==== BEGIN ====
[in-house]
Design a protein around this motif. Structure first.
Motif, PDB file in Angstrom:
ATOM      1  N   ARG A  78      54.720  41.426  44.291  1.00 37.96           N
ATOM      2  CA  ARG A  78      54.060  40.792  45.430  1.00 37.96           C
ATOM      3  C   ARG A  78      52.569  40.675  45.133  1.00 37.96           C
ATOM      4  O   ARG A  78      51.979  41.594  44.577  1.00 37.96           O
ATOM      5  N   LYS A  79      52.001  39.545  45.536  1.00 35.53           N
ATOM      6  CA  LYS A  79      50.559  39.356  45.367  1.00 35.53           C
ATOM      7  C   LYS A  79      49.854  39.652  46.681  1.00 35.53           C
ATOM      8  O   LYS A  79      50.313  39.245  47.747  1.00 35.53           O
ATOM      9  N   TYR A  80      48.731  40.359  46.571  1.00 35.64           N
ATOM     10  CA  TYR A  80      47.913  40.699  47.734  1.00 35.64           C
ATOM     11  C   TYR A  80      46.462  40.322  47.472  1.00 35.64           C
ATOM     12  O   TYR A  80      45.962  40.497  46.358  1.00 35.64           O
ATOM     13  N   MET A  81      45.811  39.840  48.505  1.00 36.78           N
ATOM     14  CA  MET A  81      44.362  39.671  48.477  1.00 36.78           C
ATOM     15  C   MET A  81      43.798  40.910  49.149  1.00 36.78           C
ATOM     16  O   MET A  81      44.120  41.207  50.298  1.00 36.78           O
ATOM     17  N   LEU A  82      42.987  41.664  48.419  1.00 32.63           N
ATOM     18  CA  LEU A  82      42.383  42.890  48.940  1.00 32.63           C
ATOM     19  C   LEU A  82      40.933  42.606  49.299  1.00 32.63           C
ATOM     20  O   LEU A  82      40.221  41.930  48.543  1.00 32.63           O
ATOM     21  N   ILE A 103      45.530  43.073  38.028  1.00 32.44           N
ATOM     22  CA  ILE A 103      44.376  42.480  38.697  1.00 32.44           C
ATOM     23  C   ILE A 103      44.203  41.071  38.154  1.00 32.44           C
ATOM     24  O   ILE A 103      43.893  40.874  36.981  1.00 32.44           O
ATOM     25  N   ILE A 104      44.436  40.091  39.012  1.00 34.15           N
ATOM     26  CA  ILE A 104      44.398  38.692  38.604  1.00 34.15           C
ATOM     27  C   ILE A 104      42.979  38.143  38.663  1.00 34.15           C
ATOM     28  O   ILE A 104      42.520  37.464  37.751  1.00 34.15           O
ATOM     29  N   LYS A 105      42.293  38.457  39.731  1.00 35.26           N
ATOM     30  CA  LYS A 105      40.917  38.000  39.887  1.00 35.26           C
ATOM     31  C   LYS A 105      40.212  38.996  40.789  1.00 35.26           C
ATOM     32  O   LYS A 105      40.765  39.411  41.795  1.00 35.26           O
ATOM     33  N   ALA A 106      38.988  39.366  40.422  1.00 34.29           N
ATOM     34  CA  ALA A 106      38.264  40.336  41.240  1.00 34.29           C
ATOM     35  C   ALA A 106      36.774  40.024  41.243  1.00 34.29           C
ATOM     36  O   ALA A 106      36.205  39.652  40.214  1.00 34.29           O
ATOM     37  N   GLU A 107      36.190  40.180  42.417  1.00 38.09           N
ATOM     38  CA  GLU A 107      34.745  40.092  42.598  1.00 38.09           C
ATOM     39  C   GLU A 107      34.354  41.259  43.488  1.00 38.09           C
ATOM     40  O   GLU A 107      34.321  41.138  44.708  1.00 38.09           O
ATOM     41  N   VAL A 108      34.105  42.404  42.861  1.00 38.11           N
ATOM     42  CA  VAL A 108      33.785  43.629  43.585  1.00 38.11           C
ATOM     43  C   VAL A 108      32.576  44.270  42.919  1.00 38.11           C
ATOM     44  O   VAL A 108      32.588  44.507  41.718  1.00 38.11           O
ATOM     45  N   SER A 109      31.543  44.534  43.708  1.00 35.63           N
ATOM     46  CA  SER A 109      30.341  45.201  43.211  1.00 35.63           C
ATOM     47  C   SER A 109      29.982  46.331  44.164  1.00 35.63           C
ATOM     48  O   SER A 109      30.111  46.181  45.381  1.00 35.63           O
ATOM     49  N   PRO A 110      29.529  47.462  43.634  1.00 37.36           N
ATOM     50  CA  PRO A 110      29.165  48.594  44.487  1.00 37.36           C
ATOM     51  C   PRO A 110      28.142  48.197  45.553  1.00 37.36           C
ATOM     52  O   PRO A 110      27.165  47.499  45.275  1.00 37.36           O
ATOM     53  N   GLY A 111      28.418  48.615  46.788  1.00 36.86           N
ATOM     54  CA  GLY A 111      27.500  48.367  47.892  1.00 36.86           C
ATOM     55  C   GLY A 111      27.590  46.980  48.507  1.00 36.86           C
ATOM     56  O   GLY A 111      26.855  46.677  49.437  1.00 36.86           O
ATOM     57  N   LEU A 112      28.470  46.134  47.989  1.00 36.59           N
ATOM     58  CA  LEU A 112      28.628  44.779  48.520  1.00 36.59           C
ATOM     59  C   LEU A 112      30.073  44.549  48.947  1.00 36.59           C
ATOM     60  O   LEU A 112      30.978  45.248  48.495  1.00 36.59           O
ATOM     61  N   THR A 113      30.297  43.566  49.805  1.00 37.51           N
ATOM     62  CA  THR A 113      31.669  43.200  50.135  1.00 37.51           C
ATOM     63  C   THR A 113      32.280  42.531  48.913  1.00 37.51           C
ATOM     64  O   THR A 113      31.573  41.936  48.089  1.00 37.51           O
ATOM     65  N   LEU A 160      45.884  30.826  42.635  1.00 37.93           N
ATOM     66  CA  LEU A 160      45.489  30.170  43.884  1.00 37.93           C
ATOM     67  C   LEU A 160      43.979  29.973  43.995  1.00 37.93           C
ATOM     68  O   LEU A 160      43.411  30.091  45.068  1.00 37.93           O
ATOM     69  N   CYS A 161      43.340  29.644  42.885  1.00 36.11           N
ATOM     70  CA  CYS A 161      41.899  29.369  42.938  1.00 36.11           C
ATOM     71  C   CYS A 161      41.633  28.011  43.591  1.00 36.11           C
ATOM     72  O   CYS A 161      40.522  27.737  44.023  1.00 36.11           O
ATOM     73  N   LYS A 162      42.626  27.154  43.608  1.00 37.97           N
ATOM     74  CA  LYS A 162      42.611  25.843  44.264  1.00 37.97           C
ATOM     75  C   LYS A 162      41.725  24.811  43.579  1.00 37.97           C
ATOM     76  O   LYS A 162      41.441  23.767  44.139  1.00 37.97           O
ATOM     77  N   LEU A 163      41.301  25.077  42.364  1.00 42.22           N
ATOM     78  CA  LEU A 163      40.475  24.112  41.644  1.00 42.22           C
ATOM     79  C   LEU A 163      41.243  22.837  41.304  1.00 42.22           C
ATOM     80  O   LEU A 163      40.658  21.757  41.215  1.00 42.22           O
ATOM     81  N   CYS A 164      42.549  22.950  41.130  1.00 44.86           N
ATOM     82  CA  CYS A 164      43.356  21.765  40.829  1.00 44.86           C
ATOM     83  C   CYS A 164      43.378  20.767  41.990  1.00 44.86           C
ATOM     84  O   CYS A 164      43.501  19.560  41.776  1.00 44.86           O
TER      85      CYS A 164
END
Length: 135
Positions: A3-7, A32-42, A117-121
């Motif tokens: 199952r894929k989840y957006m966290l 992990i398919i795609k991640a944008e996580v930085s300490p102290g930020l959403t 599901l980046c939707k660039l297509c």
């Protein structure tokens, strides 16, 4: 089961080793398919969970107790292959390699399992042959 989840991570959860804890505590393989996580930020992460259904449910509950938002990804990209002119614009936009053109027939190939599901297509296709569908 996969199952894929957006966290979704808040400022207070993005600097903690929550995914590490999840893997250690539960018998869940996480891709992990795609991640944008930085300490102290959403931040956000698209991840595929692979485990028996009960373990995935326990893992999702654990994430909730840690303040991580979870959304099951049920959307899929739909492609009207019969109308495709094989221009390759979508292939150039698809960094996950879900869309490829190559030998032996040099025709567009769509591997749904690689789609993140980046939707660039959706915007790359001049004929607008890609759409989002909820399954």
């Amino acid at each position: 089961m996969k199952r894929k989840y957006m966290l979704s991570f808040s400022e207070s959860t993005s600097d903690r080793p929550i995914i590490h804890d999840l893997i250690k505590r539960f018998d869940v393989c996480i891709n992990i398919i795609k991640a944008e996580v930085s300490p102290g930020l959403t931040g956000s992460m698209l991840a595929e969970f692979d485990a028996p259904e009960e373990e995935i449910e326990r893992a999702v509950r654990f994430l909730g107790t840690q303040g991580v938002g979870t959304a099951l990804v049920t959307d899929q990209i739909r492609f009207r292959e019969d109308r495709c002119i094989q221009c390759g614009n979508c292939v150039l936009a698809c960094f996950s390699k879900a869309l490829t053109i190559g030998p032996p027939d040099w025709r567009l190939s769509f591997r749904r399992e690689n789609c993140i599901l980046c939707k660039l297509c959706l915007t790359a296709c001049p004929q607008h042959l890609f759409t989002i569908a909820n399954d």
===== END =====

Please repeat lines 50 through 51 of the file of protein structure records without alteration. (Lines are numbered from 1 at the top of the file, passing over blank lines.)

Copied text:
ATOM     47  C   SER A 109      29.982  46.331  44.164  1.00 35.63           C
ATOM     48  O   SER A 109      30.111  46.181  45.381  1.00 35.63           O